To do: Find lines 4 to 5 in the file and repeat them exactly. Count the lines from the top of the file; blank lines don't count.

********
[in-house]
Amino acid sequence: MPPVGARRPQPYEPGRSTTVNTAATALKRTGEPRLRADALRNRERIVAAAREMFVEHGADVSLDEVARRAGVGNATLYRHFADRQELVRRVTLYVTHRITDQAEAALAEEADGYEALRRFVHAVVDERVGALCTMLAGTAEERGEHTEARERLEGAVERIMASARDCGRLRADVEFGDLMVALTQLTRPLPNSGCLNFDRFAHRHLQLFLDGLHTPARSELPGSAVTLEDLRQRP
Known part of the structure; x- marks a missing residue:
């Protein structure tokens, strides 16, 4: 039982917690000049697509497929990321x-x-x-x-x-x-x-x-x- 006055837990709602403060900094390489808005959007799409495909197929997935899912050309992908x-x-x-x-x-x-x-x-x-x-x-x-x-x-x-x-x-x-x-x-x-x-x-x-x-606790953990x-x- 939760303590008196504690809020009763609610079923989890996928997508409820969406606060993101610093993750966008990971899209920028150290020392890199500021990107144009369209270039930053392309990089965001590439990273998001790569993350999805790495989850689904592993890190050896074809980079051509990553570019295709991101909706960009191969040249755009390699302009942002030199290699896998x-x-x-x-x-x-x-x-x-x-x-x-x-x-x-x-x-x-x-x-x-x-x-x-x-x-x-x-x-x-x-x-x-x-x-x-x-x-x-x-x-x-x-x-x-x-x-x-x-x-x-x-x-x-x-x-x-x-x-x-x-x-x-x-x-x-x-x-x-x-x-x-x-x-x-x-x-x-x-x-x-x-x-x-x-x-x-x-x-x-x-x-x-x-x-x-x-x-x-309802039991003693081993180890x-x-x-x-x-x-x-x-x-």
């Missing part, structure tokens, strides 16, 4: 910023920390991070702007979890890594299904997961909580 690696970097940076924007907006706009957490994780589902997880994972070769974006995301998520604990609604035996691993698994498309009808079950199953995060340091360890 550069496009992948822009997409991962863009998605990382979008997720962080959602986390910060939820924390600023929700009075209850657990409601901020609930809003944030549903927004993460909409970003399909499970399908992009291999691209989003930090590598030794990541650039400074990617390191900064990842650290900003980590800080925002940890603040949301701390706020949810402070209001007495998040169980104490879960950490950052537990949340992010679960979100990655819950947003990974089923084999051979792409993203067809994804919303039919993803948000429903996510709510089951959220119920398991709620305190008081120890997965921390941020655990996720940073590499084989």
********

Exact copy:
């Protein structure tokens, strides 16, 4: 039982917690000049697509497929990321x-x-x-x-x-x-x-x-x- 006055837990709602403060900094390489808005959007799409495909197929997935899912050309992908x-x-x-x-x-x-x-x-x-x-x-x-x-x-x-x-x-x-x-x-x-x-x-x-x-606790953990x-x- 939760303590008196504690809020009763609610079923989890996928997508409820969406606060993101610093993750966008990971899209920028150290020392890199500021990107144009369209270039930053392309990089965001590439990273998001790569993350999805790495989850689904592993890190050896074809980079051509990553570019295709991101909706960009191969040249755009390699302009942002030199290699896998x-x-x-x-x-x-x-x-x-x-x-x-x-x-x-x-x-x-x-x-x-x-x-x-x-x-x-x-x-x-x-x-x-x-x-x-x-x-x-x-x-x-x-x-x-x-x-x-x-x-x-x-x-x-x-x-x-x-x-x-x-x-x-x-x-x-x-x-x-x-x-x-x-x-x-x-x-x-x-x-x-x-x-x-x-x-x-x-x-x-x-x-x-x-x-x-x-x-x-309802039991003693081993180890x-x-x-x-x-x-x-x-x-």
């Missing part, structure tokens, strides 16, 4: 910023920390991070702007979890890594299904997961909580 690696970097940076924007907006706009957490994780589902997880994972070769974006995301998520604990609604035996691993698994498309009808079950199953995060340091360890 550069496009992948822009997409991962863009998605990382979008997720962080959602986390910060939820924390600023929700009075209850657990409601901020609930809003944030549903927004993460909409970003399909499970399908992009291999691209989003930090590598030794990541650039400074990617390191900064990842650290900003980590800080925002940890603040949301701390706020949810402070209001007495998040169980104490879960950490950052537990949340992010679960979100990655819950947003990974089923084999051979792409993203067809994804919303039919993803948000429903996510709510089951959220119920398991709620305190008081120890997965921390941020655990996720940073590499084989």